48210 was my zip code growing up
in Detroit, Michigan.
Back in my day, we were proud to be from one of the oldest and most forward thinking northern cities in the nation. Detroit was a beacon for folks on the Underground Railroad; a last stop to breathe and get much needed support before crossing over into Canada. Detroiters were proud to defend those seeking their freedom and often came to the aid of the wounded and broken.
In the 60's, Detroit was made up of working class "can do" folks; many of whom came with the great migration from the south in the 30's and 40's to flee terrorism and abject poverty. History was made in Detroit on so many fronts and my people were right in the midst of it all. The city has been through more than its fair share of bumps and bruises but I had and still have a love for all that Detroit meant to me back then and now; Nothing will ever change that.
As I was reflecting on the truly excellent presentation by Cherilyn Holloway at our Zoom "Refresh" meeting on the history of eugenics in our northern cities, I was struck by a thought she left us with: in order to experience equity in the womb we have to have equity in the streets. That was a mic drop moment for me and it got me thinking: what does equity in the post abortion healing community look like in my hometown of Detroit, Michigan?
So, I did what most modern folks do: I Googled 'post-abortion healing in the 48210 zip code.' What I got back were the names and addresses of several abortion clinics in the Detroit area. Hmmm... I looked again and there were maybe three or so pregnancy resource centers listed--all of which were outside of the city limits. Hmmm... Another search led me to two listings for post-abortion weekend retreats run by the Catholic Church which I dare say most folks in the Black community would not know about. Now, we are talking about a city of over 600,000 people, 78% of which are African-American, and there are no Google searchable post-abortion healing programs.
I'm going to let that settle in for a moment...
Multiple abortion clinics (one, Northland Family Planning, bragged about being in existence for almost 50 years) and almost no one dedicated to helping the abortion wounded heal?! That means that there are thousands of Detroit men and women carrying the scars of abortion- like I did for decades- who don't have a clue that abortion recovery is even a "thing."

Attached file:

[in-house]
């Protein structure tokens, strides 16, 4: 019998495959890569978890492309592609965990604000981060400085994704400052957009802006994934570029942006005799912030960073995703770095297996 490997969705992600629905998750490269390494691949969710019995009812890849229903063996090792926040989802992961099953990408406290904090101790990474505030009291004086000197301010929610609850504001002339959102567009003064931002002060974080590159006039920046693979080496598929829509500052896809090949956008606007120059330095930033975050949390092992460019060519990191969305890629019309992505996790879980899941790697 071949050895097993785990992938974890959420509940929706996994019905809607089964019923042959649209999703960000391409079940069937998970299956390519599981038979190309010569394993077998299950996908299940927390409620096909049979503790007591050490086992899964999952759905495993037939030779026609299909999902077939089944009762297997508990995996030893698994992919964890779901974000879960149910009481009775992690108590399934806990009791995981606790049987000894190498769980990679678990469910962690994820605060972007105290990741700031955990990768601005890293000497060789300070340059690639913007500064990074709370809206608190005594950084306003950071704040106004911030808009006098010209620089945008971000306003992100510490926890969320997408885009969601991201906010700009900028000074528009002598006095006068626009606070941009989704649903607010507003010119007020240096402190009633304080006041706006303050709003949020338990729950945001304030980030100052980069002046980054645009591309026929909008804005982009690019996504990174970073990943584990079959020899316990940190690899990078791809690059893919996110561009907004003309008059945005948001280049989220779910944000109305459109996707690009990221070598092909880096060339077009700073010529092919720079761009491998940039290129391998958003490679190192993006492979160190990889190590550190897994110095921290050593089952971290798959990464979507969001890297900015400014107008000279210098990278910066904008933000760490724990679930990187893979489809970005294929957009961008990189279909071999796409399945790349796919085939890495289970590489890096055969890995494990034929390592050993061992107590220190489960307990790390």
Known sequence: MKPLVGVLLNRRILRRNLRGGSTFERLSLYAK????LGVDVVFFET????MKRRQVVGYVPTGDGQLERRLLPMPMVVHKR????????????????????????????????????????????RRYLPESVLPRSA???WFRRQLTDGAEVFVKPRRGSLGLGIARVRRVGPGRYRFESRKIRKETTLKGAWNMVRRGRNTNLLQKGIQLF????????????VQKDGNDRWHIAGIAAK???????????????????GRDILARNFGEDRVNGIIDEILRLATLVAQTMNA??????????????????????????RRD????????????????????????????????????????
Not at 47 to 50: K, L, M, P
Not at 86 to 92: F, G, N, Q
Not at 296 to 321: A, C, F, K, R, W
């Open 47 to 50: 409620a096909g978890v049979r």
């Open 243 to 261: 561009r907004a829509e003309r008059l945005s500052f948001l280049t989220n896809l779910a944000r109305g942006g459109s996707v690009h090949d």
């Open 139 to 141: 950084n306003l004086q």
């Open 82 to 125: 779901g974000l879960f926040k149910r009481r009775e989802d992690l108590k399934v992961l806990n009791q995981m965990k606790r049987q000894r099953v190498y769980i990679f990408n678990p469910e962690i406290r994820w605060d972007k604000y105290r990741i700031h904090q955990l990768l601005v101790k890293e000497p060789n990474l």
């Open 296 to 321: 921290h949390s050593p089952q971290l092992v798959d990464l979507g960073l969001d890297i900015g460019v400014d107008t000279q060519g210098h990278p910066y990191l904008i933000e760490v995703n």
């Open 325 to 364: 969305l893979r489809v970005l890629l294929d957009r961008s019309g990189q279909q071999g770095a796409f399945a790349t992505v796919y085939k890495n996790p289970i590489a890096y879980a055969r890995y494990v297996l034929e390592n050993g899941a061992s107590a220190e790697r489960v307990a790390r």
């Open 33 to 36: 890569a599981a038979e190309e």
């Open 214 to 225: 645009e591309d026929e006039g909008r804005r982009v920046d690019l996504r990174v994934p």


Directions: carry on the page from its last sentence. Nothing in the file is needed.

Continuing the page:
Who can I call to get my people some help? Can I write someone in particular to lend a hand? Is there a Pastor in Detroit to champion the cause? Should I expect the Catholic Diocese of Detroit to pick up all of the slack?
Sometimes, when you live with chronic pain and old wounds, you begin to think it's normal.
My heart hurts...
I guess it's going to be up to our loving God and all of us at Arise Daughter to help my city heal; Through faith, by earnest prayers it can happen: one Zoom meeting, one bible study, one healing program at a time. I hope that doesn't sound grandiose or immodest but, we have to create a new waystation for refreshing and healing through faith by prayer. And with God, ALL things are possible! As one member from Detroit said the other night, so many in the city are simply "trying to survive" that they don't have the time to tend to old wounds. I appreciate that. But it doesn't sit well with me mostly because generations are dying off and legacies are being lost. As we heal, we have to be committed to helping as many women and men heal as we can; be it through the arts, mentoring, or community support and it's going to happen through faith by prayer.
We can honor our rich history by taking better care of ourselves and working to make abortion unthinkable. We deserve nothing less than to be healed and whole and truly free.
If you 'd like to answer the "Call to Action,' consider becoming a member of Arise Daughter, join our Arise Advocates room and share some ideas for effecting change. Then join our Corporate Prayer Room and lets join our prayers together to petition God for the change we desire to see. Everyone's prayer voice matters!
Much love, Sylvia